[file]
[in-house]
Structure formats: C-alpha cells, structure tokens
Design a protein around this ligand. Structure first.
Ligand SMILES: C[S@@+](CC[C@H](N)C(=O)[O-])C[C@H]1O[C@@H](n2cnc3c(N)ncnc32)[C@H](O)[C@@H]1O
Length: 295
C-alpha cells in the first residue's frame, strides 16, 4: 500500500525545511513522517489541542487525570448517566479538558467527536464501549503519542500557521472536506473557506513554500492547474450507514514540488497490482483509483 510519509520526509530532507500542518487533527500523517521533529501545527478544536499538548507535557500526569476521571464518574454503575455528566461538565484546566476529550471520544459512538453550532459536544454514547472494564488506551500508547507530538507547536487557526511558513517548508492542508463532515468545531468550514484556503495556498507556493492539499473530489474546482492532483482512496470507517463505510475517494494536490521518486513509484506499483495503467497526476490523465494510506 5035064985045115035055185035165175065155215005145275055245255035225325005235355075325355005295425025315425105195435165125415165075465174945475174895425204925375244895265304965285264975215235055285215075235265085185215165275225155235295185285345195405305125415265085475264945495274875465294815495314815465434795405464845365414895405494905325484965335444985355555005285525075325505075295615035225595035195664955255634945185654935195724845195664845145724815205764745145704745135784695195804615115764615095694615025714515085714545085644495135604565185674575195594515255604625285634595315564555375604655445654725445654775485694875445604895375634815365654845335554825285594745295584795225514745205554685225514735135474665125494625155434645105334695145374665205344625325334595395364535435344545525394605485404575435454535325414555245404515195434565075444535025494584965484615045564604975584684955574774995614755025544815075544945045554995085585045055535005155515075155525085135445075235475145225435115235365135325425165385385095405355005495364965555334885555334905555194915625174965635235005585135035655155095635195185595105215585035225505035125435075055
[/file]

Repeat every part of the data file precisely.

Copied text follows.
[in-house]
Structure formats: C-alpha cells, structure tokens
Design a protein around this ligand. Structure first.
Ligand SMILES: C[S@@+](CC[C@H](N)C(=O)[O-])C[C@H]1O[C@@H](n2cnc3c(N)ncnc32)[C@H](O)[C@@H]1O
Length: 295
C-alpha cells in the first residue's frame, strides 16, 4: 500500500525545511513522517489541542487525570448517566479538558467527536464501549503519542500557521472536506473557506513554500492547474450507514514540488497490482483509483 510519509520526509530532507500542518487533527500523517521533529501545527478544536499538548507535557500526569476521571464518574454503575455528566461538565484546566476529550471520544459512538453550532459536544454514547472494564488506551500508547507530538507547536487557526511558513517548508492542508463532515468545531468550514484556503495556498507556493492539499473530489474546482492532483482512496470507517463505510475517494494536490521518486513509484506499483495503467497526476490523465494510506 5035064985045115035055185035165175065155215005145275055245255035225325005235355075325355005295425025315425105195435165125415165075465174945475174895425204925375244895265304965285264975215235055285215075235265085185215165275225155235295185285345195405305125415265085475264945495274875465294815495314815465434795405464845365414895405494905325484965335444985355555005285525075325505075295615035225595035195664955255634945185654935195724845195664845145724815205764745145704745135784695195804615115764615095694615025714515085714545085644495135604565185674575195594515255604625285634595315564555375604655445654725445654775485694875445604895375634815365654845335554825285594745295584795225514745205554685225514735135474665125494625155434645105334695145374665205344625325334595395364535435344545525394605485404575435454535325414555245404515195434565075444535025494584965484615045564604975584684955574774995614755025544815075544945045554995085585045055535005155515075155525085135445075235475145225435115235365135325425165385385095405355005495364965555334885555334905555194915625174965635235005585135035655155095635195185595105215585035225505035125435075055